water use efficiency, soil water, stripper head


A field study initiated in 2006 at the Southwest Research-Extension Center near Tribune, KS, was designed to evaluate the effects of three wheat stubble heights on subsequent grain yields of corn and grain sorghum. Corn and sorghum yields in 2020 were near the long-term average despite lower than normal precipitation. When averaged across years from 2007 through 2020, corn grain yields were 8 bu/a greater when planted into either high or strip-cut wheat stubble than into low-cut stubble. Average grain sorghum yields were 5 bu/a greater in high-cut stubble than low-cut stubble. Similarly, water use efficiency was greater for high or strip-cut stubble for corn, and greater for high-cut stubble for grain sorghum than for low-cut stubble. Harvesting wheat stubble shorter than necessary causes a yield penalty for the subsequent corn and grain sorghum crops.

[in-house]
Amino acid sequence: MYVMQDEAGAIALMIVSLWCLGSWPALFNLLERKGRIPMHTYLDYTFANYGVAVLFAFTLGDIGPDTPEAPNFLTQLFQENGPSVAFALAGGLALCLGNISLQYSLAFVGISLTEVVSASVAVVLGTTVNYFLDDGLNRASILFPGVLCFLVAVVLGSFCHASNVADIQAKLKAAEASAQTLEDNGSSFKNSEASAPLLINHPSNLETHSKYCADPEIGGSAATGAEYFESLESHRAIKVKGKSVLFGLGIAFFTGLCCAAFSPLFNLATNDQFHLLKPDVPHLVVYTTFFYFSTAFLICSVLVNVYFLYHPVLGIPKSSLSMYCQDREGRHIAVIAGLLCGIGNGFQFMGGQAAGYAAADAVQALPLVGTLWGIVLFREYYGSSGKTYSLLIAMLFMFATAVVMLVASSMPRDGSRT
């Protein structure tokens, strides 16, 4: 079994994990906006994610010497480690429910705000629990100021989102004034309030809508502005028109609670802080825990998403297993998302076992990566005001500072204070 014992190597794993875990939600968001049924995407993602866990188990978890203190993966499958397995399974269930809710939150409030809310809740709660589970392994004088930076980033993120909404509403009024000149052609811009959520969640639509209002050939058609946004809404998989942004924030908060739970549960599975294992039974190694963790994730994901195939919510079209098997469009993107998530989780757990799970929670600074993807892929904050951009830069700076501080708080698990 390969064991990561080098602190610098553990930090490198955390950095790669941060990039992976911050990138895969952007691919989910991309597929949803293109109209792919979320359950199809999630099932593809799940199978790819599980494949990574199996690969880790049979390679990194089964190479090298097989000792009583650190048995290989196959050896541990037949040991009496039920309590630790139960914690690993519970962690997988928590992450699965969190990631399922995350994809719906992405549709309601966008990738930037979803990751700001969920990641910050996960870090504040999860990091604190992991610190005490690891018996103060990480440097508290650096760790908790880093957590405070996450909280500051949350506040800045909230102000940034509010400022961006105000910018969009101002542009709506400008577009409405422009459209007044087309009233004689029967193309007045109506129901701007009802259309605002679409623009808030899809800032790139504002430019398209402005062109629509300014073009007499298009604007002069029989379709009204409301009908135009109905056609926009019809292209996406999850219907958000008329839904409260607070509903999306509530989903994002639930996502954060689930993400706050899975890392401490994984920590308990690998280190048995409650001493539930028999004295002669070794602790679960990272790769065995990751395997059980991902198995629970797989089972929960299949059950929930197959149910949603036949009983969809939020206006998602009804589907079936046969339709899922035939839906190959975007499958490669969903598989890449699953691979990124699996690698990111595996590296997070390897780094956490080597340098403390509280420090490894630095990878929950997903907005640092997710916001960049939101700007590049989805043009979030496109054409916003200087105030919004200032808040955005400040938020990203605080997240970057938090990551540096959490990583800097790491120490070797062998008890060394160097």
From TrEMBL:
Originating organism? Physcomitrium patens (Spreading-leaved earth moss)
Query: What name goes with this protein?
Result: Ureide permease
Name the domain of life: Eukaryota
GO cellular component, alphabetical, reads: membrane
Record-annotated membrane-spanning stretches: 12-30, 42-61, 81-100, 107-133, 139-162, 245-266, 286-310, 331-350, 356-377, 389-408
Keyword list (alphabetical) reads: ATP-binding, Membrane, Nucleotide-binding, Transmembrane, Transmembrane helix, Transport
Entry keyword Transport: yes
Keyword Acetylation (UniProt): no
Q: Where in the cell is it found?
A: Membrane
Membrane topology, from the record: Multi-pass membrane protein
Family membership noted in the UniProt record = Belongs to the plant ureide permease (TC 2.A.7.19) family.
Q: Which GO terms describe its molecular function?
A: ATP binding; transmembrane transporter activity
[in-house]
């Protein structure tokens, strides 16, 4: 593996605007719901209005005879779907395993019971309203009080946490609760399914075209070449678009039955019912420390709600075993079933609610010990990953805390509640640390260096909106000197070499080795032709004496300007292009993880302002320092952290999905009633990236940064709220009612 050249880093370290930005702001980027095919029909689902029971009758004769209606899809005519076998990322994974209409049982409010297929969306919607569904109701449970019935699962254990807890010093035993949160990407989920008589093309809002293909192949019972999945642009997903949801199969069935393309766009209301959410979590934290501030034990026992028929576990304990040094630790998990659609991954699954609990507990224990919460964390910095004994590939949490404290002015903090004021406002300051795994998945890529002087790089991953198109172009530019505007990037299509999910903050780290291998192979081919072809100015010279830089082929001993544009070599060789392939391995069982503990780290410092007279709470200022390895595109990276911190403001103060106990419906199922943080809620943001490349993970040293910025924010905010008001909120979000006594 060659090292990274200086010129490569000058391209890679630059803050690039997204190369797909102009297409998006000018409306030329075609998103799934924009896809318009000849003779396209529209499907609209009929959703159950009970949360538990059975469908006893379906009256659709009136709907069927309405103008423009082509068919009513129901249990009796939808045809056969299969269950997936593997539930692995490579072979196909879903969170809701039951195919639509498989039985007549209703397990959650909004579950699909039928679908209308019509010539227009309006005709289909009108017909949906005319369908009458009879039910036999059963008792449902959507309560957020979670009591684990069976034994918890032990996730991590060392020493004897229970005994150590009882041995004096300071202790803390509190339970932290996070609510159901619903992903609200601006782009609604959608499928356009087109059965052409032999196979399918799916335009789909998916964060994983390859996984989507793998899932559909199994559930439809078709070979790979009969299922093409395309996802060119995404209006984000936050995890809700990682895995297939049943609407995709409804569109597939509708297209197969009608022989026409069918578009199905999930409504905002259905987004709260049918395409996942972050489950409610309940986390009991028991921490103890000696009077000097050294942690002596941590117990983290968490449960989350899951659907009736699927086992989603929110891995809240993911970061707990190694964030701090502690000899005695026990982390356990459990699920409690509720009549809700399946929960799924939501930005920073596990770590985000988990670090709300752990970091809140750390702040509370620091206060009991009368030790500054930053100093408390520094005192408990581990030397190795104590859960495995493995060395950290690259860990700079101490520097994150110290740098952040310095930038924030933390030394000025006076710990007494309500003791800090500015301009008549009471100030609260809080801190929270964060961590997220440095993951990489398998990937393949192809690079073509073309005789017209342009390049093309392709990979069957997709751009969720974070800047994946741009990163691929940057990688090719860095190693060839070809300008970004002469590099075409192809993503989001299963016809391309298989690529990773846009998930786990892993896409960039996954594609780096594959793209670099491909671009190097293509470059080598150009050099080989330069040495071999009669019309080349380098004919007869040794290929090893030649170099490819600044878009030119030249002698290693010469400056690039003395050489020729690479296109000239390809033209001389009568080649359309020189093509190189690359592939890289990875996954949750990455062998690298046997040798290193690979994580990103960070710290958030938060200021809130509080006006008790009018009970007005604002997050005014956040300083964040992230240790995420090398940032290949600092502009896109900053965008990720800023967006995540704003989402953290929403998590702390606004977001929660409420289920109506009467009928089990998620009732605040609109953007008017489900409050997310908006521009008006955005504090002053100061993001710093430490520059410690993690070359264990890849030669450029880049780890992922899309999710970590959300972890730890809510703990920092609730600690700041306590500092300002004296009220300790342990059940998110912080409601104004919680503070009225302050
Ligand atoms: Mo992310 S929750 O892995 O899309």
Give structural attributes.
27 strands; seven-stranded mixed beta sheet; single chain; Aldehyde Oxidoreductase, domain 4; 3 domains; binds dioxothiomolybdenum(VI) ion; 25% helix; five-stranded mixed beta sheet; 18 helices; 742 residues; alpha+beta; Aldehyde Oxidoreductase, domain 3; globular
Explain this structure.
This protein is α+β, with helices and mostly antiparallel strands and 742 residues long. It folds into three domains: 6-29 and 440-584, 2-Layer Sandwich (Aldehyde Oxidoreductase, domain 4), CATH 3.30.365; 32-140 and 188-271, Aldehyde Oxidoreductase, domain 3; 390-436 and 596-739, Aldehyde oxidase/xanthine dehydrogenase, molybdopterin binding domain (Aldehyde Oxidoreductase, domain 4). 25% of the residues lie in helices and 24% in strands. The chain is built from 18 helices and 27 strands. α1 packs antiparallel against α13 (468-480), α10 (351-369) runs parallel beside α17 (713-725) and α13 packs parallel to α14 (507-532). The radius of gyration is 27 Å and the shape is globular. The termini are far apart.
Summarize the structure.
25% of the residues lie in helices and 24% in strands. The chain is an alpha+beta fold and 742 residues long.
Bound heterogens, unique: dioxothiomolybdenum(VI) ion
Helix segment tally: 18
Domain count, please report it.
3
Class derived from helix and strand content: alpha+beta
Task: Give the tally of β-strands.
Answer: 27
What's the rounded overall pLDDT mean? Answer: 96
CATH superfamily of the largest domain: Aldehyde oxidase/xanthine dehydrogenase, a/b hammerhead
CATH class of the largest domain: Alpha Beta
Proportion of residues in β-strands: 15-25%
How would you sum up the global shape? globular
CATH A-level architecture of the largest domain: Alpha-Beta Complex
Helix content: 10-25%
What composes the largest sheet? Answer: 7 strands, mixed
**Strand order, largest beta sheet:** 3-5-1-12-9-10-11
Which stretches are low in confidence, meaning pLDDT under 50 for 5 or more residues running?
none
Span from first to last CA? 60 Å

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This work is licensed under a Creative Commons Attribution 4.0 License.